ATO Advises Caution With Tax Avoidance Schemes

Before you know it, the end of June will be rolling around and we'll all be thinking about our tax returns. So it's no surprise that the Australian Taxation Office (ATO) is reminding people to check carefully before diving into last-minute investment schemes designed to reduce tax liability.

Many investment schemes are promoted with the idea that they will reduce tax liability. While there are investment strategies that do that -- being able to claim the interest payments on a loan for an investment property is one obvious example -- the rules can be complex. If you're considering that kind of commitment, make sure you get advice on its legality from someone who isn't trying to sell it to you, as commissioner Michael D'Ascenzo suggests:

Doing your research and seeking independent financial advice from someone not involved with the arrangement before investing is your best protection against promoters of tax avoidance schemes.

As dull as it sounds, an investment whose primary purpose is to reduce your tax bill is not likely to be as effective in the long run as one which can potentially generate a real return. The ATO has a guide to tax-effective investing which covers the basic rules, but specialist advice is going to be a necessity if you do pursue this kind of idea.

ATO

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Comments

    Uh, yes, we'd just like to advise everyone, if someone tells you there's some option other than paying exactly as much tax as we tell you, in exactly the way we tell you, um, they're wrong. Just, continue to follow our exact instructions, and give us what we tell you, and everything will be just fine.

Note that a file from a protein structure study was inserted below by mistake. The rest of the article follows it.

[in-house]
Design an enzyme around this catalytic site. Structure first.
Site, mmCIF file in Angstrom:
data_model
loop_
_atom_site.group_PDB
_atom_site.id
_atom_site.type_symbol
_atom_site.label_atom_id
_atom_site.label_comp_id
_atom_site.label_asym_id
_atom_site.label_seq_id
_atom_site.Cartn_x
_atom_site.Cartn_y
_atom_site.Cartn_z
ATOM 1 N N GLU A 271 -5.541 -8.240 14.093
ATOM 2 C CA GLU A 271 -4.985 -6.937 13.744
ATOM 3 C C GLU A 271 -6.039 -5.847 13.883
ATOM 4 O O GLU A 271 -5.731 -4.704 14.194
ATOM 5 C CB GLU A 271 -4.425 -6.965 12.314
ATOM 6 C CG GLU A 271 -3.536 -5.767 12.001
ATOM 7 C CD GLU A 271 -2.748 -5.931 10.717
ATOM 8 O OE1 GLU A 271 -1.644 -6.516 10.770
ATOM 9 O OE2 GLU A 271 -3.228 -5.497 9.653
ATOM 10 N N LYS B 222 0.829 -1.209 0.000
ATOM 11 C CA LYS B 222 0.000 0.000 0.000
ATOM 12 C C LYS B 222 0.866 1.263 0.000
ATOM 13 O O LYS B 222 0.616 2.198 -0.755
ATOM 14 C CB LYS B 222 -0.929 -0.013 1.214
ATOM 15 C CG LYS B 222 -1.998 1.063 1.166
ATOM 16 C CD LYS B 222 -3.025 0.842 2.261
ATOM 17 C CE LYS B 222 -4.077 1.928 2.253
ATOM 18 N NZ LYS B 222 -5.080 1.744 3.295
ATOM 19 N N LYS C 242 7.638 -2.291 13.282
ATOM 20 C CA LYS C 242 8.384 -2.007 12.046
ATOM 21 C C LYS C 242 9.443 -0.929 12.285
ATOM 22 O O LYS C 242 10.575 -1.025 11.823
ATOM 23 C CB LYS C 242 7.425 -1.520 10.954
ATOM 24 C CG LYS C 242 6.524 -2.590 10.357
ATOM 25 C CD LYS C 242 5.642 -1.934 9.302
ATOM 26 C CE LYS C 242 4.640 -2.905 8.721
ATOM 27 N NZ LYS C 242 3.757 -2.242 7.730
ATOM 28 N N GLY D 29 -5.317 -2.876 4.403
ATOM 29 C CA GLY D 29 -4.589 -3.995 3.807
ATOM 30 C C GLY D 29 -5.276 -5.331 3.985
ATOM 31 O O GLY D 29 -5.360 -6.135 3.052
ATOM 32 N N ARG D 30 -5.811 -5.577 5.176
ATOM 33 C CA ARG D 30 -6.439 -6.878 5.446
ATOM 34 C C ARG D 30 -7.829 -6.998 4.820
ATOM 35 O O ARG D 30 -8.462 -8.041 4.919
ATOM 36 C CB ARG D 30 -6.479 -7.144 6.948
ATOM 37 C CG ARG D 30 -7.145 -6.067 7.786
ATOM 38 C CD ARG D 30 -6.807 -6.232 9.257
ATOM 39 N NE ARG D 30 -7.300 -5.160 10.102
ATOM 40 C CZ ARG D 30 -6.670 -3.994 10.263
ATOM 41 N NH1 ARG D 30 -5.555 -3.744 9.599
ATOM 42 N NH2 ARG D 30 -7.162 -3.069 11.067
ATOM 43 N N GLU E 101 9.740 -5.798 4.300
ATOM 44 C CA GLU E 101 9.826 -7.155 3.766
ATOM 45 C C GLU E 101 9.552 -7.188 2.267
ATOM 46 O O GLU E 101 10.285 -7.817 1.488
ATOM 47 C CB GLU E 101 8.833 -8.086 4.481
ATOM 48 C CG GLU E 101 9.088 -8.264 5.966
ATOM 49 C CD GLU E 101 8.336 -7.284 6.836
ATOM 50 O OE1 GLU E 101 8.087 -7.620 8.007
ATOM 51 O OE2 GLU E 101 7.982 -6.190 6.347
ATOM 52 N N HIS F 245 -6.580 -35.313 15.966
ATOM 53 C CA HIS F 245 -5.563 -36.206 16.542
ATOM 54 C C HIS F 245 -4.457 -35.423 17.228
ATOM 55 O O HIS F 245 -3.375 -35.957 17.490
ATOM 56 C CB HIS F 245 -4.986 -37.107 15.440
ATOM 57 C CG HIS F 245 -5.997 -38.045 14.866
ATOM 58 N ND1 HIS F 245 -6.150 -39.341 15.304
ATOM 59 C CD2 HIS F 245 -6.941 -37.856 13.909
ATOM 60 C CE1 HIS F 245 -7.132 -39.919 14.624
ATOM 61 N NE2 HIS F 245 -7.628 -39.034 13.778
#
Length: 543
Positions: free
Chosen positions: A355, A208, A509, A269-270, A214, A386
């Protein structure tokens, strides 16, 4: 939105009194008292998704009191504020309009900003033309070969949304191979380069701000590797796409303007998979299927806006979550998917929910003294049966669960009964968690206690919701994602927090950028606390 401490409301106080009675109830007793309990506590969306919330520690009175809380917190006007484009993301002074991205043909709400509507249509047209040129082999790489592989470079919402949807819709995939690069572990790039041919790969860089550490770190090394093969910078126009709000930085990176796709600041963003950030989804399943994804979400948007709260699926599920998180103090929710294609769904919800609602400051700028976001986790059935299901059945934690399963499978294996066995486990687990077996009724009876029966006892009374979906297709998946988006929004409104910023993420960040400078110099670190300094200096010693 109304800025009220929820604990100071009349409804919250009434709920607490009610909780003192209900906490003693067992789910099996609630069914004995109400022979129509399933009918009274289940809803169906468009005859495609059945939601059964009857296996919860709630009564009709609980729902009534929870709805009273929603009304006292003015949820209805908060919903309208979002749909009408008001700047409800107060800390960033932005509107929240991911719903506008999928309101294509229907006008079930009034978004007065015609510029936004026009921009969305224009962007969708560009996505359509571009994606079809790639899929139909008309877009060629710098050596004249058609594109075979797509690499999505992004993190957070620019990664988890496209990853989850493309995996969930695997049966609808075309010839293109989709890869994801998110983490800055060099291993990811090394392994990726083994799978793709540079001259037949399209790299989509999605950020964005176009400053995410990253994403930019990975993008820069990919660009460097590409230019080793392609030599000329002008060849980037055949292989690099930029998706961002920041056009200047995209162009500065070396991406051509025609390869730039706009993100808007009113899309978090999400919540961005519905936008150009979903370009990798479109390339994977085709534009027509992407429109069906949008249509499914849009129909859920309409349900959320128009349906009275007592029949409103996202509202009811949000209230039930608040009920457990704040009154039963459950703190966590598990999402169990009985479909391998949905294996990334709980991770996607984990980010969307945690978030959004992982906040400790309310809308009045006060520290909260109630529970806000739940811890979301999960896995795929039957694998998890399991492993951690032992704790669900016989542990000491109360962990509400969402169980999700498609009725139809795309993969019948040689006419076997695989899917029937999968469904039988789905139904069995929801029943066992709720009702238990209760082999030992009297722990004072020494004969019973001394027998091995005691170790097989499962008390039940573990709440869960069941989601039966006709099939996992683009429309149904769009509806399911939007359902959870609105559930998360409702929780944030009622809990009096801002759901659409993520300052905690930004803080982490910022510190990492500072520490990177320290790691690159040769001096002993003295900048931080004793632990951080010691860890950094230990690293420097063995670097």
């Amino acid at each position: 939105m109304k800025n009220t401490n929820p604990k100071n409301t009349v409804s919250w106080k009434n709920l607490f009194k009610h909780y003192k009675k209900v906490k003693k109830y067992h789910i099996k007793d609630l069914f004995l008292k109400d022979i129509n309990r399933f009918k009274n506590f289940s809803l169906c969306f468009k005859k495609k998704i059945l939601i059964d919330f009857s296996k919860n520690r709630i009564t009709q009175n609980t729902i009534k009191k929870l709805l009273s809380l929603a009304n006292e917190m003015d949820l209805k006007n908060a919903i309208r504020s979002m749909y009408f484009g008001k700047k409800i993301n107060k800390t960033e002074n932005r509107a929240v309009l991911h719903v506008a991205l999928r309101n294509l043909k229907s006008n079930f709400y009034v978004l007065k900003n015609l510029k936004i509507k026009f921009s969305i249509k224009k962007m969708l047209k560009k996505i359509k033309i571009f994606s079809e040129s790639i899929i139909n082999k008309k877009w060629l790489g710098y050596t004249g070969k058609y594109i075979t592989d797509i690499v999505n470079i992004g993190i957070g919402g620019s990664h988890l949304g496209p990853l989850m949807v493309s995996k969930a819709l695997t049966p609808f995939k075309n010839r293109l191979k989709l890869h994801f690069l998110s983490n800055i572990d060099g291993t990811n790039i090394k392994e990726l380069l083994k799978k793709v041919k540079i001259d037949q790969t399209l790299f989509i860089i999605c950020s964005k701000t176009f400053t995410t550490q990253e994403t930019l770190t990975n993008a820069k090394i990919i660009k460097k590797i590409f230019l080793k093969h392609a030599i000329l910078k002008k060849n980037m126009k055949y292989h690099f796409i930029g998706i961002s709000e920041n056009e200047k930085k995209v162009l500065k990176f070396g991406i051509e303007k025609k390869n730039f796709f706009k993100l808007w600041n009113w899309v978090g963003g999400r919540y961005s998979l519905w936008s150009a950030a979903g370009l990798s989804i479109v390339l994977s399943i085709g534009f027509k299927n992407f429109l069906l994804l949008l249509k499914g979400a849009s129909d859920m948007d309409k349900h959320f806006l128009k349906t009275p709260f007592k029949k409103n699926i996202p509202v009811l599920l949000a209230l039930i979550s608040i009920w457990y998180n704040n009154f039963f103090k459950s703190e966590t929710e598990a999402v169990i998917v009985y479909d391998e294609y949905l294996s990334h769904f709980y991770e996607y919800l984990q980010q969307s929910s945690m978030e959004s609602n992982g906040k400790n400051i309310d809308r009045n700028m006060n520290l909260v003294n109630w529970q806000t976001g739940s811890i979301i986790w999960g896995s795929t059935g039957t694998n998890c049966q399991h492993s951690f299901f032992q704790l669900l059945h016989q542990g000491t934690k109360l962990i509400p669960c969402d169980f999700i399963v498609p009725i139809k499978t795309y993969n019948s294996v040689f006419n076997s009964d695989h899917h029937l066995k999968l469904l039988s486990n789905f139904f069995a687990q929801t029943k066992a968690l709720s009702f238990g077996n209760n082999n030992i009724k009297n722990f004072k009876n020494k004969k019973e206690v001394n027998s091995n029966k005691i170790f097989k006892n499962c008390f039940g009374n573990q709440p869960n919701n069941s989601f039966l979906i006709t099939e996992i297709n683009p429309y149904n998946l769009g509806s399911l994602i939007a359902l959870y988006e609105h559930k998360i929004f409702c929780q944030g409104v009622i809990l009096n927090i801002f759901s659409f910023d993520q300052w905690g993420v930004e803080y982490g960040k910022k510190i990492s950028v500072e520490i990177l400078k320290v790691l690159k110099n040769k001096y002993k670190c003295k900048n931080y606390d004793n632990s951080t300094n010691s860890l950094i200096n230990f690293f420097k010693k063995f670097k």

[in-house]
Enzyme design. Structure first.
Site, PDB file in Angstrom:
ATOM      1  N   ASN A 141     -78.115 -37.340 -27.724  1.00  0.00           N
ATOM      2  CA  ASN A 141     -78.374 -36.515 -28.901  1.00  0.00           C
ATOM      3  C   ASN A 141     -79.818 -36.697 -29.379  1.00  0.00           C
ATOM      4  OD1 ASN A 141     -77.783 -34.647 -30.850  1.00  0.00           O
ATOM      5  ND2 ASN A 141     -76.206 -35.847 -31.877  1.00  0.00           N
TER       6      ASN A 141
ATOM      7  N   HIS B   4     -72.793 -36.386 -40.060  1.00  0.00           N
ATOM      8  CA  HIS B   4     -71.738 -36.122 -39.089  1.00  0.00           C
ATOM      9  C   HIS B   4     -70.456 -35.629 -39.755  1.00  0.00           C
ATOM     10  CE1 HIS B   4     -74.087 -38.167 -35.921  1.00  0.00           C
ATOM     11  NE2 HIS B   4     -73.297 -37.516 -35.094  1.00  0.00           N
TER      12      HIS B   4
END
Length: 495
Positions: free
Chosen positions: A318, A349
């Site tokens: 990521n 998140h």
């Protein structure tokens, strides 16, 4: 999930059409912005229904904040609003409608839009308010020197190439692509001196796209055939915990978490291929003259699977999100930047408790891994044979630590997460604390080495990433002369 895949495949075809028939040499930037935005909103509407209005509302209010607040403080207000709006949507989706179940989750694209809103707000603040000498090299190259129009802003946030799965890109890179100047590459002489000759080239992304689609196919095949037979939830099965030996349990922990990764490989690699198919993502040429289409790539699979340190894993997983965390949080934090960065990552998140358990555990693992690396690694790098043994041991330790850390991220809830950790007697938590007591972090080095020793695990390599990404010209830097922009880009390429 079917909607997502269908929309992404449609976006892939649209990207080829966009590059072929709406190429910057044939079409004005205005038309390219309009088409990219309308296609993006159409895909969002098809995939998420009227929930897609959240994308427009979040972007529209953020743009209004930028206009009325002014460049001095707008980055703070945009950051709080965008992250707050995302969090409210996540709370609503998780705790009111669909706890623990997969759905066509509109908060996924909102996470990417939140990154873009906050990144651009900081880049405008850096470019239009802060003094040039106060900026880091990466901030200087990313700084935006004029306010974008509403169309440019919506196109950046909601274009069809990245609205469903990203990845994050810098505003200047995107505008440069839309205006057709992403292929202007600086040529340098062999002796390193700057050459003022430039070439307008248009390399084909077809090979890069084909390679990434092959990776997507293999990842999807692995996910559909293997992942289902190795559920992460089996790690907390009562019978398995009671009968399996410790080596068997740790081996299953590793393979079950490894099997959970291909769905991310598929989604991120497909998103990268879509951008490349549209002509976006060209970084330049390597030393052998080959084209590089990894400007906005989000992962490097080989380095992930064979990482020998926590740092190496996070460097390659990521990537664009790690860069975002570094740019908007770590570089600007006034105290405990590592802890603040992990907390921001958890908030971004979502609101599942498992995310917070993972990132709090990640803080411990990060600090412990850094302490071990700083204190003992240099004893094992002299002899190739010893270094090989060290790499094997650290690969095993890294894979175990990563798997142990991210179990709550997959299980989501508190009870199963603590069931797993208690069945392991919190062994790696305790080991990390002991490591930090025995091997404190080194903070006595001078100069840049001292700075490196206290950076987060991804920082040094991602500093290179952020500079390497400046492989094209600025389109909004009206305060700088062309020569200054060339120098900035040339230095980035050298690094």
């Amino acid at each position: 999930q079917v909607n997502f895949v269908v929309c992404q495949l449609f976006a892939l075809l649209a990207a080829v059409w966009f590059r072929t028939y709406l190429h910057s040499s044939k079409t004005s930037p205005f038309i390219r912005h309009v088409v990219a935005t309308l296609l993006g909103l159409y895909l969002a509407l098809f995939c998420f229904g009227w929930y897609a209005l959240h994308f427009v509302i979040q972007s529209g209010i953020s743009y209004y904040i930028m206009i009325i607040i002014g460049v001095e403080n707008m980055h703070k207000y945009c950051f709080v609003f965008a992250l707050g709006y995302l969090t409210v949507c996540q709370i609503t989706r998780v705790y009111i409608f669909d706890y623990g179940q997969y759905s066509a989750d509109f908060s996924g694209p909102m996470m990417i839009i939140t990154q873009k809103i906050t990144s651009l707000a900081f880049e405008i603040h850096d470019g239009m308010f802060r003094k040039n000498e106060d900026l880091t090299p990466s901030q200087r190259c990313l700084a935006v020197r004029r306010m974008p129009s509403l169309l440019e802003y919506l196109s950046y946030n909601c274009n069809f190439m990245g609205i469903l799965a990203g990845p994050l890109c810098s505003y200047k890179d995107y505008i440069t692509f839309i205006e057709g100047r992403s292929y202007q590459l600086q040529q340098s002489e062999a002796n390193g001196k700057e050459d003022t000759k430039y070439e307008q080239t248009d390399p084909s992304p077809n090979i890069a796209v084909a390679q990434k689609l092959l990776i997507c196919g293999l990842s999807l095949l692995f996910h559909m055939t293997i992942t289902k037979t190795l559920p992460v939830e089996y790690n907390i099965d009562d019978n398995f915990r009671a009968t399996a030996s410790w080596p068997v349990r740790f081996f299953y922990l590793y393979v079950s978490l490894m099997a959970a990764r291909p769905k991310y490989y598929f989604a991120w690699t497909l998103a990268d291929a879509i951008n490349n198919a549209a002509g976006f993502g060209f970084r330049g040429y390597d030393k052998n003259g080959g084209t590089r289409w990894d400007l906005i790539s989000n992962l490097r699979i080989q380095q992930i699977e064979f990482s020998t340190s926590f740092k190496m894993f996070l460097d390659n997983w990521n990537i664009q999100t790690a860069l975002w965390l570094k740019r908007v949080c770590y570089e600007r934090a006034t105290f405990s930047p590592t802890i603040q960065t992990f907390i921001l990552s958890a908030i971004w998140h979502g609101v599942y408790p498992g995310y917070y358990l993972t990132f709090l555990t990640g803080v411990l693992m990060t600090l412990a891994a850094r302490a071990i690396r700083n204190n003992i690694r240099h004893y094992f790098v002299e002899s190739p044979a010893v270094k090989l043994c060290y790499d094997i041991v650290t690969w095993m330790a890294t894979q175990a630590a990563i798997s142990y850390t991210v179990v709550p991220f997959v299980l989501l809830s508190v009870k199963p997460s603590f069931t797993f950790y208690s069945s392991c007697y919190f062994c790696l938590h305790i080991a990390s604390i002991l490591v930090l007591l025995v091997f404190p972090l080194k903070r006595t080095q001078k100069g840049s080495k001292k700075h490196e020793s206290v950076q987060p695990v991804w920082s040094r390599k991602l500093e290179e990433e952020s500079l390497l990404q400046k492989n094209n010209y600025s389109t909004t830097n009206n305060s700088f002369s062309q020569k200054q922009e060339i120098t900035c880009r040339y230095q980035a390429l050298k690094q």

Quite immature responses.

      The commissioner is merely suggesting that you are better off checking any investment for potential risks of illegality before plunging head long into them.

      Of course, if you want to be a Muppet and go for tax avoidance schemes, thinking the ATO blind, be my guest.

      Tax minimisation is completely legal and nothing to be ashamed or afraid of. If you're entitled, claim your deductions and minimise your tax liability.

      The ATO only asks you do so responsibly.

        Exaemo it was just a joke. I was going to have a go at you, but your response is possibly the most well-typed thing I've seen on the internet in a long time.

        The fact that you wrote 'Muppet' with an upper case 'M' almost made me weep (Muppet being a poper noun, and a trademark of the Henson Company, it shouldn't be written all lower case).

        I hope it doesn't sound like I'm being sarcastic. Excellent points and most, wonderfully, excellently written.

        As I said, I was only joking and we all get bitter about tax. I'm sure the folks at the ATO work very hard.

          I apologise for having misunderstood your statement.

          My passion for taxation law got the better of me.

          Thank you for your compliments. :)

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